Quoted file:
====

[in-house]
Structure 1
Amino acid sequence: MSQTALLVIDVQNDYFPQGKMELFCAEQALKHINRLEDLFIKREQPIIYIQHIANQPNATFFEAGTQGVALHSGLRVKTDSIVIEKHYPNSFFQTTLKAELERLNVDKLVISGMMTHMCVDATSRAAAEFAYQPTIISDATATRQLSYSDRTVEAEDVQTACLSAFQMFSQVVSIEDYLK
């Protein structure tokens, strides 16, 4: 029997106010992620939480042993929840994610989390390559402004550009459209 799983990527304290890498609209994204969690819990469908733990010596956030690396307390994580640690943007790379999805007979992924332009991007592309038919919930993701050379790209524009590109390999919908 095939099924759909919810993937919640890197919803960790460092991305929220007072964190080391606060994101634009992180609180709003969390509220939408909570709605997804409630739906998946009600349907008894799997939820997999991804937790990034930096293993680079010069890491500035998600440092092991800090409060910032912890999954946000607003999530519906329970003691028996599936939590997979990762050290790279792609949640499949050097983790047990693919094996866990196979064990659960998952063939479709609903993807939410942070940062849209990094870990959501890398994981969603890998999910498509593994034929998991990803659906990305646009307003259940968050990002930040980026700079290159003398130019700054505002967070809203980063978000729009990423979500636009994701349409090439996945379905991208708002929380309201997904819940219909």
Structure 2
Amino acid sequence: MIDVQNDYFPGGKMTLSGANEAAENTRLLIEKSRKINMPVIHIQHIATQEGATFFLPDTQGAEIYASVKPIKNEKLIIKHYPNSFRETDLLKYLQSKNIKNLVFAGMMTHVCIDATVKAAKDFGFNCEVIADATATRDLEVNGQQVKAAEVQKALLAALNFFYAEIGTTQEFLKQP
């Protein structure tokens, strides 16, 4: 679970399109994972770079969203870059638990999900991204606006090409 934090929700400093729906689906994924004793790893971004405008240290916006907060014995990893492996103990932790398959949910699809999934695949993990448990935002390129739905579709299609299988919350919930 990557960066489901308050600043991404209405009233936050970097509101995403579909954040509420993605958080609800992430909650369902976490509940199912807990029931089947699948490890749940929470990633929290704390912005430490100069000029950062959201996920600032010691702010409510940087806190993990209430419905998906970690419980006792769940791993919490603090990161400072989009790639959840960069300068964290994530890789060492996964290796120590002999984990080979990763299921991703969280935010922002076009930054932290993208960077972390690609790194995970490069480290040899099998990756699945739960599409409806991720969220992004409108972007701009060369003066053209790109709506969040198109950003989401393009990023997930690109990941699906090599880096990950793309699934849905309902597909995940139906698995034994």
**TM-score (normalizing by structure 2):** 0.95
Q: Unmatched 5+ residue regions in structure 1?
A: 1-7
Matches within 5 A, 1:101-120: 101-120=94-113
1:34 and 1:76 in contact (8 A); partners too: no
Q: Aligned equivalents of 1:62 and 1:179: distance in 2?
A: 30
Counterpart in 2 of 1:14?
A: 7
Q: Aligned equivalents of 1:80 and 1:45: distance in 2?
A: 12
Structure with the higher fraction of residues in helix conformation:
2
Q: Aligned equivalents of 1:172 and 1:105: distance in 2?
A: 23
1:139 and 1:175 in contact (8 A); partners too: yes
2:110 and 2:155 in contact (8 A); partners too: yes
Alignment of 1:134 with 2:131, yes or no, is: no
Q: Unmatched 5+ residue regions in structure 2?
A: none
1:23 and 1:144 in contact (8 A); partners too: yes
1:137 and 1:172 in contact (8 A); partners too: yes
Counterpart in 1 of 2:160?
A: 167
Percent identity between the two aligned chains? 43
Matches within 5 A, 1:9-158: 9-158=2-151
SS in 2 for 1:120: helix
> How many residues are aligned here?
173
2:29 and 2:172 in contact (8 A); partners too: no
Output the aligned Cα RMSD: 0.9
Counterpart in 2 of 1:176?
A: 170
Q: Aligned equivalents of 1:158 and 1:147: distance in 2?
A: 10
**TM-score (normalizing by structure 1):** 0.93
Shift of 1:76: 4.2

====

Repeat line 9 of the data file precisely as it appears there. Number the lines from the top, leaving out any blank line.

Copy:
Q: Unmatched 5+ residue regions in structure 1?